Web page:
Divorcing a High Conflict Person: Documentation

Dec 10, 2021 | Uncategorized

I’ve said it before and I’ll say it again: divorce sucks. Even if it’s just a run-of-the-mill, no frills divorce. They suck – they just do. Nobody gets married with the eventual plan to divorce, but here we are: some 50% of marriages end in divorce. It’s just the way of things.

Having said that, however, some divorces suck more than others. And if you’re divorcing someone who is “high conflict” (which is really an umbrella term for people who have a pattern of high-conflict behavior that increases conflict rather than reducing or resolving it, which usually happens over and over again in many different situations with many different people), your divorce is going to be in the “sucks more” category. High conflict divorces cost more, they take up more time in the court system, they can go on and on for months or years, and are generally very, very bad if there are children involved. Unfortunately, the court system isn’t always well equipped to handle cases where there are personality disorders, emotional abuse, and people who have no problem lying and gaslighting everyone involved.

That’s why a big part of the work I do involves supporting people who are in the midst of such divorces – they find they need an extra level of help and preparation, both emotional and practical, that they can’t always get just working with an attorney. Because if you are divorcing someone who lies frequently and doesn’t know how to “play fair”, your game plan is going to look very different than a “regular” divorce game plan.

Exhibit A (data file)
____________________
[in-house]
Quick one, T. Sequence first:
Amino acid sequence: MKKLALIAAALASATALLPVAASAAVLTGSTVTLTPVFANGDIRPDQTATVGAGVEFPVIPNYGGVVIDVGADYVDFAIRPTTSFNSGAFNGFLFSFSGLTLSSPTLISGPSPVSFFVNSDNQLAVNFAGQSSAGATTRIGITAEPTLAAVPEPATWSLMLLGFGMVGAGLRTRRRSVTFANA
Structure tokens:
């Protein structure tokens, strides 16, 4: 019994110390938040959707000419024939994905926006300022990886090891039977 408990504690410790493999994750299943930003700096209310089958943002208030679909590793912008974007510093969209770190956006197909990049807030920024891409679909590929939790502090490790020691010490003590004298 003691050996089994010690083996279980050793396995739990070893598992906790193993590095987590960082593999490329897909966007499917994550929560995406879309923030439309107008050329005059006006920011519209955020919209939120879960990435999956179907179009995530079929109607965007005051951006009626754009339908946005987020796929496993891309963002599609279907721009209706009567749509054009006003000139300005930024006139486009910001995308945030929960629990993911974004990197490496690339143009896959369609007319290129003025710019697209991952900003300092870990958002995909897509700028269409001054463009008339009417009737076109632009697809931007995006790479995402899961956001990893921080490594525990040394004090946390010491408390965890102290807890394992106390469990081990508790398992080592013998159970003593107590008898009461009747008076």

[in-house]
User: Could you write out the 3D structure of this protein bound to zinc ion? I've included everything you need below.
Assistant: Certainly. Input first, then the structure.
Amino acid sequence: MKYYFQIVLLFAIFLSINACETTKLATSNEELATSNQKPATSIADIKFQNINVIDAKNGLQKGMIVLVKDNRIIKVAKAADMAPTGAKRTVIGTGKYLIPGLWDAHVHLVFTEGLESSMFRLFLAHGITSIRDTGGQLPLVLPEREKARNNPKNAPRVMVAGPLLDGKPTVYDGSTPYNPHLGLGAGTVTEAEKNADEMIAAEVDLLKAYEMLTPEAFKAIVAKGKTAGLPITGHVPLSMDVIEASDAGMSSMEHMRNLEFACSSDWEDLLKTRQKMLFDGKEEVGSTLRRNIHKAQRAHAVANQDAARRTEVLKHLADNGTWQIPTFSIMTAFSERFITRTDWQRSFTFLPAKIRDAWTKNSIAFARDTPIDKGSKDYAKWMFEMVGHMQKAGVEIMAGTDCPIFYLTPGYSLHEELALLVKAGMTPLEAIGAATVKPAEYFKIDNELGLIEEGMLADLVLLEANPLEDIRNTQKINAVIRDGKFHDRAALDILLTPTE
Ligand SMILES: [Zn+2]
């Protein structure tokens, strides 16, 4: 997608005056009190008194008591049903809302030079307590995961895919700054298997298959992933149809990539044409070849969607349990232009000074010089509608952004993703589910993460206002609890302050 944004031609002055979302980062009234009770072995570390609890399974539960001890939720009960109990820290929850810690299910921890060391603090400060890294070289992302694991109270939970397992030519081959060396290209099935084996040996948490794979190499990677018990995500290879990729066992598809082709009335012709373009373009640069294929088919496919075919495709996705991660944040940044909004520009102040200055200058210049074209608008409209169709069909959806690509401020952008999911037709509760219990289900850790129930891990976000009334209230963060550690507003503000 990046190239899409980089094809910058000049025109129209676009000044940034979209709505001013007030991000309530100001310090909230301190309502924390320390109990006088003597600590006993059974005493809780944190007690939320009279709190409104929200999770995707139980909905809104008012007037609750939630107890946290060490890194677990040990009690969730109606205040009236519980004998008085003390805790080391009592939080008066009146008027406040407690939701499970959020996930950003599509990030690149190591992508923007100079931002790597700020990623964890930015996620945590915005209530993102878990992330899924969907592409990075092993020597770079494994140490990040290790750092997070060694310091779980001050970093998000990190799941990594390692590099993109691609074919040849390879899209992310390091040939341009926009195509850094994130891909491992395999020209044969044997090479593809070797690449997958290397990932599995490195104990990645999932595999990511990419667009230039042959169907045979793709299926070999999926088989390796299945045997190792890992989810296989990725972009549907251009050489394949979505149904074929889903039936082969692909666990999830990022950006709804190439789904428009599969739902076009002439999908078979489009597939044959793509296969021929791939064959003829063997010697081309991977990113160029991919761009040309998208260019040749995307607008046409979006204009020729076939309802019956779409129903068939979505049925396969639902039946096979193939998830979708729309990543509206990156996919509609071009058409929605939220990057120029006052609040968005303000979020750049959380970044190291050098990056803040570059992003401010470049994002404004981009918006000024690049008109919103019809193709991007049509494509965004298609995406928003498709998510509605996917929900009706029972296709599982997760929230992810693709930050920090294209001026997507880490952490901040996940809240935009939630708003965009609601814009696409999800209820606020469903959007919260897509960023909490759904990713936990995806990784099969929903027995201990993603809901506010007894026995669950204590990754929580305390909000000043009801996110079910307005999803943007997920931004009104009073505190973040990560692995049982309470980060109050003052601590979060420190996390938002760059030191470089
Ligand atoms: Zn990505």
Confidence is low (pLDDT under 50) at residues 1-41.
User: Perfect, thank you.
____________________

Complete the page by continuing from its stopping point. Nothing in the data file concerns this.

One of the first things I tell my clients, before they even file, is to start documenting everything imaginable – from financial documents to patterns of behavior. That is particularly important if they are divorcing a high conflict person (for example, a narcissist), or someone who is generally abusive, because the act of announcing intentions to file can ignite feelings of intense anger/betrayal/feelings of abandonment that can run the gamut from simply being irrational to being physically violent.  It’s critically important to keep things organized and detailed – ideally before they even file.

The fact is that very often a high conflict personalities/blamer will start draining assets, hiding information, and creating a series of “emotional facts” that fit a storyline of abandonment/mistreatment/abuse that can support a largely fictional story that casts them in the role of victim and rush to their attorney or the court with a sad story and negative stereotyping that, once iterated, can be hard to roll back. So written documentation and fact-based evidence (as opposed to “emotional facts”) can be vital when trying to counter these fictional story lines.

If I have the opportunity to talk to clients before they file or announce they’re leaving, I encourage them to scan or otherwise document as much of the family’s finances as possible (tax forms, pay stubs, credit card statements, bank statements, etc.

Things to document/photocopy/take pictures of: 

  • Passports, green card, drivers license, welfare id, work permit, immigration papers
  • Rental agreement/lease or house deed
  • Car title, registration, insurance info
  • Marriage certificate
  • Birth certificates
  • Social security cards